“Ad Orientem” (Facing the Altar at Mass): A Defense

“Ad Orientem” (Facing the Altar at Mass): A Defense September 15, 2019

I’m not legalistic at all about this, but I think it is undeniable that ad orientem makes more sense, given what is happening in the Mass.

If the prayers at Mass are directed to God (obviously prayers aren’t directed towards the congregation!), then clearly it is more “natural” to face God in the Tabernacle on the altar while saying the prayers, and offering the sacrifice. That’s why the Church for most of her history in most places has done it this way (just as we face the Tabernacle in eucharistic adoration). It doesn’t come out of nowhere. It has a “primacy” of past history and liturgical tradition.

Like I said, I’m not legalistic or pharisaical about this; nor am I regarding communion on the tongue at an altar rail (that I myself do every week). I’ve noted several times in public posts how reception of the Holy Eucharist in the early Church was standing and in the hand for 6-9 centuries, depending on location. But I think arguments can be made in defense of this, without putting down the alternative.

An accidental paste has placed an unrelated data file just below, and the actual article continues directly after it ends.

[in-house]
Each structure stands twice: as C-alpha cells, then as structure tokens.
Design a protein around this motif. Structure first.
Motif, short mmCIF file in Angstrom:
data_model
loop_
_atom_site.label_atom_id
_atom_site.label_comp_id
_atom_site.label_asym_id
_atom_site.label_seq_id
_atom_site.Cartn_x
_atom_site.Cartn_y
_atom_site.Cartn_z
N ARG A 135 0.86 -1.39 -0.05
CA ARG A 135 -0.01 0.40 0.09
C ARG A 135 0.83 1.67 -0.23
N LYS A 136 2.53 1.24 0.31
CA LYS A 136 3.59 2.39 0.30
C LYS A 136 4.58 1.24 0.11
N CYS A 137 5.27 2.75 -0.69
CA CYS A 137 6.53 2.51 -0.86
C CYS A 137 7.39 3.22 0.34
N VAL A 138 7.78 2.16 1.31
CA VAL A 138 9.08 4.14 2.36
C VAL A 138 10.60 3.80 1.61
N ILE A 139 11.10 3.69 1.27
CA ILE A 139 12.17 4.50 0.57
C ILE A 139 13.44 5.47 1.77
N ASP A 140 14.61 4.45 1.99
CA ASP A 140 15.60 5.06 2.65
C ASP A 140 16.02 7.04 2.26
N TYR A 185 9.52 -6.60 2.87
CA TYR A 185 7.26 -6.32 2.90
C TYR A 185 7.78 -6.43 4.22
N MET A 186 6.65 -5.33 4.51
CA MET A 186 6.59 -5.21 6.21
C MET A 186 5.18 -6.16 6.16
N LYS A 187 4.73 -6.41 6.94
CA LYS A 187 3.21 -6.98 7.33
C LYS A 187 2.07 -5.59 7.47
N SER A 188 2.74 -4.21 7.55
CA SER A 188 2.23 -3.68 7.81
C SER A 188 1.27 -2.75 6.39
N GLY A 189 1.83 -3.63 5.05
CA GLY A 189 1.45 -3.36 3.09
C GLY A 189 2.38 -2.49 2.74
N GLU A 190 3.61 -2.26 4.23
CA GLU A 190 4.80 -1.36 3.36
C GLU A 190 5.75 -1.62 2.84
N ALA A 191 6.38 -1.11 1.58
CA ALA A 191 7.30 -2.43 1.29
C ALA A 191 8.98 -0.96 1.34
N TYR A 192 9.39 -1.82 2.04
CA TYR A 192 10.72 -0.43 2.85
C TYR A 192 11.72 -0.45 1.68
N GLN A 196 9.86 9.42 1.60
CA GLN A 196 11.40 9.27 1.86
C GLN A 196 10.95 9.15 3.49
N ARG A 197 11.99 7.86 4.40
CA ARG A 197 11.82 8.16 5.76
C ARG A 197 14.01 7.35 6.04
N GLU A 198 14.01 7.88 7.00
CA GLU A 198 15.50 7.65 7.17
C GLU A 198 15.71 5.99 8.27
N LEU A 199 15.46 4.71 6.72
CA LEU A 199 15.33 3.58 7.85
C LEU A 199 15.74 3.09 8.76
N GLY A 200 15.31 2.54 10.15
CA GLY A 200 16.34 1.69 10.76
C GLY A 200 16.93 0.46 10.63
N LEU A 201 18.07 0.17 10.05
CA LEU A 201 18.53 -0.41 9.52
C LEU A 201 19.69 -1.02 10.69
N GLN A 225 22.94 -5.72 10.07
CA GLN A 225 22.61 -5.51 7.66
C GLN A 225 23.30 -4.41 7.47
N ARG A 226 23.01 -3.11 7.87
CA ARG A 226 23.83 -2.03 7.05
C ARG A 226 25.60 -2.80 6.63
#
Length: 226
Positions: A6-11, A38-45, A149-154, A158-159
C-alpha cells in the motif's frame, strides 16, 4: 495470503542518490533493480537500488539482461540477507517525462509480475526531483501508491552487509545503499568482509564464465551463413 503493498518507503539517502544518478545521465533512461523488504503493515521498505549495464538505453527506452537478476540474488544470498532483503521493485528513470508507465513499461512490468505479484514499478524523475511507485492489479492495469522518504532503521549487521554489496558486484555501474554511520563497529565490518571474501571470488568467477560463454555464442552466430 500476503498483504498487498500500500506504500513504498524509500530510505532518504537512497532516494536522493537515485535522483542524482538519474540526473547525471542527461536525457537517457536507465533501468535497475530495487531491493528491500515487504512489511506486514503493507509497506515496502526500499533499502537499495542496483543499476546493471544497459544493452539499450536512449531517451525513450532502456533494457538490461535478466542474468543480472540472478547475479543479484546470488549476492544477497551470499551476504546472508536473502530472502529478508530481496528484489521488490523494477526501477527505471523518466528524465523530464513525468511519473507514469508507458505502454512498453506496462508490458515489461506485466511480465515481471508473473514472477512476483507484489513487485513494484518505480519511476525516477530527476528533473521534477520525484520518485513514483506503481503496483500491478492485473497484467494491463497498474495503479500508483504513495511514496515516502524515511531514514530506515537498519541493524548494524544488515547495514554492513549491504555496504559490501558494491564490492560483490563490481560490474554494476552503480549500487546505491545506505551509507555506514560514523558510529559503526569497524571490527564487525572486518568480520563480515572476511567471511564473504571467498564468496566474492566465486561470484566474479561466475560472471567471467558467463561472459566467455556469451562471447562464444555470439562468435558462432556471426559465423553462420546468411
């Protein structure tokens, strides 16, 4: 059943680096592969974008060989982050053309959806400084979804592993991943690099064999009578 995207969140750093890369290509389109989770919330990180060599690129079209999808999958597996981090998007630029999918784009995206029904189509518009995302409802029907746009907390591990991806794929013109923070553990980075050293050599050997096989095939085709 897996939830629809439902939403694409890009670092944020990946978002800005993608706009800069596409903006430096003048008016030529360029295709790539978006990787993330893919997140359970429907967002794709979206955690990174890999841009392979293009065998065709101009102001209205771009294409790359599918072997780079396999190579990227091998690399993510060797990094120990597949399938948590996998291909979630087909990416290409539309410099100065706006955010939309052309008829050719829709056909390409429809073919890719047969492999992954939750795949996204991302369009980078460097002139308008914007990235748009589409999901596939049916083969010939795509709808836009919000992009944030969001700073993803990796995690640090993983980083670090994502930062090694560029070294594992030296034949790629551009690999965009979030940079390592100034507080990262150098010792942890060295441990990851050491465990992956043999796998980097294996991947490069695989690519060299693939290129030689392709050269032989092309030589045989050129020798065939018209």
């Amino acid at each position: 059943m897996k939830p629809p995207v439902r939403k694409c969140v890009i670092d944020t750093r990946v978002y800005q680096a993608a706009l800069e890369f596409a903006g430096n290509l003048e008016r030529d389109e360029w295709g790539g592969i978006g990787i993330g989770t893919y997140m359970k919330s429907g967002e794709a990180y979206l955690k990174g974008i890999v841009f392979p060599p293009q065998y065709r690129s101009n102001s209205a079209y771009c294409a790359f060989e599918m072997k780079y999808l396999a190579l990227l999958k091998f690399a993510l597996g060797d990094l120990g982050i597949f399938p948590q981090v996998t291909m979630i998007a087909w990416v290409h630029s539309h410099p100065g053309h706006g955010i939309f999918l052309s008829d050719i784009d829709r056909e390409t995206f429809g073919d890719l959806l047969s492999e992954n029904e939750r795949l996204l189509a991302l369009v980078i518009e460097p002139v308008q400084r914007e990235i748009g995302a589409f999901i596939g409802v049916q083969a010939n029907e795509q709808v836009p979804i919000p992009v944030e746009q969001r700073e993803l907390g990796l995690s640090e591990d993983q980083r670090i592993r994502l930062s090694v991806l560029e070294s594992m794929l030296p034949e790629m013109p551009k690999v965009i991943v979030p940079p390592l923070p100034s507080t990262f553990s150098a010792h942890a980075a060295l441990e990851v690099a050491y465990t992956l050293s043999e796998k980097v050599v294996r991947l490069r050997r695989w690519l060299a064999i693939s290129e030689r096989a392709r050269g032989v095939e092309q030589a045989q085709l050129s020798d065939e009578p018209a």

Protestant pastors much more so “represent God to the people” because they don’t have the Eucharist and are not offering the Sacrifice of the Mass, so that preaching is front and center. Those things make a huge difference. The Catholic priest is offering with the people, and an offering is towards an altar: analogous to the Old Testament priesthood that was continued in the New Testament by Christ being our high priest, and each Catholic priest being in persona Christi and alter Christus.

A priest can still offer without facing an altar (and a Mass where that happens is just as valid), but it clearly makes more sense and continues the priestly tradition since Moses, to face the altar; offer on the altar, etc. The high priest used to face the ark of the covenant, where God was specially present; now we have Jesus present Body, Blood, Soul, and Divinity, so there is more reason to face the altar to make the offering than there was even in the old covenant with bulls and sheep and other offerings.

Facing the congregation thing is much more consonant with Protestant theology and tendency against sacramentalism (even by their own self-understanding). Someone said it was more consistent with the New Testament priesthood; I countered by saying that it fits in more so with Protestant pastors, who aren’t priests at all.

The priest and Jesus Christ are simultaneously offering (along with all present) because the Mass is a re-presentation of the historic crucifixion: it’s made present. The Mass is a sacrificial offering, which is priest and congregation together (not contradistinguished from each other, insofar as the offering is concerned: symbolized by one facing the other). Together they are offering to God, as opposed to the priest merely talking to the people, or bringing God to them (that applies much more to the Liturgy of the Word and homily [i.e., the first part of the Mass] ). That’s why the liberal “dialogue” thing applied to the Mass (i.e., after the readings and homily) was beside the point from the get-go.